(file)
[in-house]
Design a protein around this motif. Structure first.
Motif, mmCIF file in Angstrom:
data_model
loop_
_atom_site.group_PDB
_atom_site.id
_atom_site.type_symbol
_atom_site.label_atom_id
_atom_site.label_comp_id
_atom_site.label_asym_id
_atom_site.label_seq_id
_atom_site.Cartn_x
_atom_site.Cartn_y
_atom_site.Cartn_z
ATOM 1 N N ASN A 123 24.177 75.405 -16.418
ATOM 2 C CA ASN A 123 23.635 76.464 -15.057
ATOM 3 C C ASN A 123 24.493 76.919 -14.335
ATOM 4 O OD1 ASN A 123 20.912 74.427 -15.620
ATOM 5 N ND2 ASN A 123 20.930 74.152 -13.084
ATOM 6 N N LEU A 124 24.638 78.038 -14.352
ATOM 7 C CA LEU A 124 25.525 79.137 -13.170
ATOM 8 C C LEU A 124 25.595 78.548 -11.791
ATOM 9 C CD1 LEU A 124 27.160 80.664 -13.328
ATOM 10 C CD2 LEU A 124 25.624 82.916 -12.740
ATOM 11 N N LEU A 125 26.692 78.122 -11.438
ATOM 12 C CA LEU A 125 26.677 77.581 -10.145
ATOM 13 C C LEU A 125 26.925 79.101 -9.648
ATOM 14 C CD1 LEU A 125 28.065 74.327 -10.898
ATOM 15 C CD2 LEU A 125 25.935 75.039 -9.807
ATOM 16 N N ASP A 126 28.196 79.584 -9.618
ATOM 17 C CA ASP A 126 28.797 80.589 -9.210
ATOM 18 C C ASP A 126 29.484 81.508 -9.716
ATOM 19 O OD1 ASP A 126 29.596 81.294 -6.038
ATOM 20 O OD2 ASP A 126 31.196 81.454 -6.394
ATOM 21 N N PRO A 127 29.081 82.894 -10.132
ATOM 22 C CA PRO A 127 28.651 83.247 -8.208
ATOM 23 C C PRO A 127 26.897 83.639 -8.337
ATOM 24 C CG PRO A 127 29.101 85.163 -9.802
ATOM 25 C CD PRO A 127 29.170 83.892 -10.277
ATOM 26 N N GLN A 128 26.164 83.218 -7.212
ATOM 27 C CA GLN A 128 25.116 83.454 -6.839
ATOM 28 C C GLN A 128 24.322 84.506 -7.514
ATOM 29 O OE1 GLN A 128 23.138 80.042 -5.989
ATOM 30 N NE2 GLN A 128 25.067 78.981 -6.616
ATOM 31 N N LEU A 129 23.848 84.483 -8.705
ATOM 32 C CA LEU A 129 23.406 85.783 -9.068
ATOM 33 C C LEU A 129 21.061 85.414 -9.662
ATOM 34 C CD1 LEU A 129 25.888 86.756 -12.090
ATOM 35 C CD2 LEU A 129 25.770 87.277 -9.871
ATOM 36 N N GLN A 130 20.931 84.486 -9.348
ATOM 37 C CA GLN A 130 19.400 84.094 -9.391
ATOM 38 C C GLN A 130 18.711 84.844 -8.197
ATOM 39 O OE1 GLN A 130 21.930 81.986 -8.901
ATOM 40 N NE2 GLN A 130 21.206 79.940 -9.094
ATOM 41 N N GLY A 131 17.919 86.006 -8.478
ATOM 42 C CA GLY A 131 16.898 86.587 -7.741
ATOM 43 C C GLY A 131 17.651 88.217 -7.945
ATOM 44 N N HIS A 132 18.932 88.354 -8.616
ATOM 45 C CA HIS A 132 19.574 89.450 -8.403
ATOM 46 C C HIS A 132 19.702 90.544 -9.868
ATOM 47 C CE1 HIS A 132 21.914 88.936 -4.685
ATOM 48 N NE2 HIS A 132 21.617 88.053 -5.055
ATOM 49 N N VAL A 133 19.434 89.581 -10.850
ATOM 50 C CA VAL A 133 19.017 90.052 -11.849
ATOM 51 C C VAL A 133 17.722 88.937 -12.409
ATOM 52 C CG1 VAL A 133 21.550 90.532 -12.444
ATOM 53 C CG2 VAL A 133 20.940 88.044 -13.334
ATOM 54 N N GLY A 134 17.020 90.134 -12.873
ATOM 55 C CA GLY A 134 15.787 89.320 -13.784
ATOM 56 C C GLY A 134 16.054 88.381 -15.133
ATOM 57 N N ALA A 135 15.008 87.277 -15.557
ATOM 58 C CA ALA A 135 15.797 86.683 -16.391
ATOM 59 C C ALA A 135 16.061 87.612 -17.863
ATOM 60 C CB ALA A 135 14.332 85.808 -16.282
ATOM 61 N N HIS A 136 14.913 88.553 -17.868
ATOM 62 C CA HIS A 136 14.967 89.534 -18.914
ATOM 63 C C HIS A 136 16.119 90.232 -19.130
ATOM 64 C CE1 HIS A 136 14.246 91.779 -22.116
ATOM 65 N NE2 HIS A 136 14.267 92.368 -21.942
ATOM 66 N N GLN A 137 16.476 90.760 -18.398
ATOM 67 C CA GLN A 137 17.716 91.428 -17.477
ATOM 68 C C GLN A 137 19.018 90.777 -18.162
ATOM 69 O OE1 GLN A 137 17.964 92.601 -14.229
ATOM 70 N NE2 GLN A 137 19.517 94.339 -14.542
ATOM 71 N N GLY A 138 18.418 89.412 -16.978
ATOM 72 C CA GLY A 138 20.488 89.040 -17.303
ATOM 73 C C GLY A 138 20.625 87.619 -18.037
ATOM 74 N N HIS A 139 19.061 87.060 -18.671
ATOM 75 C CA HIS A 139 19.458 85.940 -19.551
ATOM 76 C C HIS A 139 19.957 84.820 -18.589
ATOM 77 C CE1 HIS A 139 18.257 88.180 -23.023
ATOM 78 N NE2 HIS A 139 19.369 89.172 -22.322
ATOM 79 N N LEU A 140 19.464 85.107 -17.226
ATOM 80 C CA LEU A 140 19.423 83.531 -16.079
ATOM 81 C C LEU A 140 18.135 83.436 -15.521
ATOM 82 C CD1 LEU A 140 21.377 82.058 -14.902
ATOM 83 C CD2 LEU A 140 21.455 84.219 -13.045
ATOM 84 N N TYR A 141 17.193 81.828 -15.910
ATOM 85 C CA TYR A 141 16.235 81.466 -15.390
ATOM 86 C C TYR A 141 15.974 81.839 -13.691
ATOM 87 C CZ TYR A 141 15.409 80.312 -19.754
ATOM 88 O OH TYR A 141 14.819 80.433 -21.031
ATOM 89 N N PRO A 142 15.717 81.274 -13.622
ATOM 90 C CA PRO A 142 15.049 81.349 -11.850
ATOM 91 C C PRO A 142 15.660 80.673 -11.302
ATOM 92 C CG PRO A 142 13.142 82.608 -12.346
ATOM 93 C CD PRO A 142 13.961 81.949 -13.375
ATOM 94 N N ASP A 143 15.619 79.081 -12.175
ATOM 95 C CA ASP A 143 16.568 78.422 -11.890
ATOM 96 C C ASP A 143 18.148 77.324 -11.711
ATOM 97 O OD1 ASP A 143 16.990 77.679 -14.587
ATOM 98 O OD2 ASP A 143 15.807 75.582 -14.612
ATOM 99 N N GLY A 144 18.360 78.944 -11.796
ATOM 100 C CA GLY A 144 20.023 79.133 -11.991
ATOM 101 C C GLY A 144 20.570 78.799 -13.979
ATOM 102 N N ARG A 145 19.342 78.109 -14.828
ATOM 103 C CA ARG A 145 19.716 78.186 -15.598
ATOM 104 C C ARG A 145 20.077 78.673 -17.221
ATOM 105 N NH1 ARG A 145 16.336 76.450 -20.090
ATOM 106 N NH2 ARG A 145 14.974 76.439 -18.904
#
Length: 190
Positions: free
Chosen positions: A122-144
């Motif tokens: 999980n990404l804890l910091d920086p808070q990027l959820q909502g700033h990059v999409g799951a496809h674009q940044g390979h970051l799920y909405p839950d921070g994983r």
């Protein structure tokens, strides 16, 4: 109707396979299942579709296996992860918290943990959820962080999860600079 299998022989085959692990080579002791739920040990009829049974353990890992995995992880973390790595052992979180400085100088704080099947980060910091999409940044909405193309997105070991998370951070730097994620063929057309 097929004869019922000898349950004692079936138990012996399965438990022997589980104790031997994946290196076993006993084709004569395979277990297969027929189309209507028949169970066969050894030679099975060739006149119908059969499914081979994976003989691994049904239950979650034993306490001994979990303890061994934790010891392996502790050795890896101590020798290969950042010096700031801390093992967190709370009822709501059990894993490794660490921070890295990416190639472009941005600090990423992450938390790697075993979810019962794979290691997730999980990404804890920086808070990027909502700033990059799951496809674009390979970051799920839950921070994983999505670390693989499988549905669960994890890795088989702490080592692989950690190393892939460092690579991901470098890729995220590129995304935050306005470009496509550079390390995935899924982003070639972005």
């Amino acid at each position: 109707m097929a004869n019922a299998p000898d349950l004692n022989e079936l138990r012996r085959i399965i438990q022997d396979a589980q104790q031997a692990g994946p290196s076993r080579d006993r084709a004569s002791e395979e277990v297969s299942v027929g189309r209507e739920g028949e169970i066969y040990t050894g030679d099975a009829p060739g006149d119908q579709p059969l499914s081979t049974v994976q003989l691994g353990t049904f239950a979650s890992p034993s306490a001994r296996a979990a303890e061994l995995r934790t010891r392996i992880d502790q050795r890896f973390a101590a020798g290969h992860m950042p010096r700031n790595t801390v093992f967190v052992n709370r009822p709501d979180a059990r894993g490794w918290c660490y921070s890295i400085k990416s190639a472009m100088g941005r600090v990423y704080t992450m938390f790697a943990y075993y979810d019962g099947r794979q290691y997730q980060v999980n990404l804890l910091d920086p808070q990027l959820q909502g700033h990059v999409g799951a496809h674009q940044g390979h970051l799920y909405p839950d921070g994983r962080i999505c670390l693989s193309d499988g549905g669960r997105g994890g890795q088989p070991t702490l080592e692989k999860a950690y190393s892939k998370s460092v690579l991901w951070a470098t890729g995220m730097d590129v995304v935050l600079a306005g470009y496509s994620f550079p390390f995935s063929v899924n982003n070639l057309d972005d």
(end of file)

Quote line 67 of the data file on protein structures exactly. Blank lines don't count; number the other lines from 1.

ATOM 52 C CG1 VAL A 133 21.550 90.532 -12.444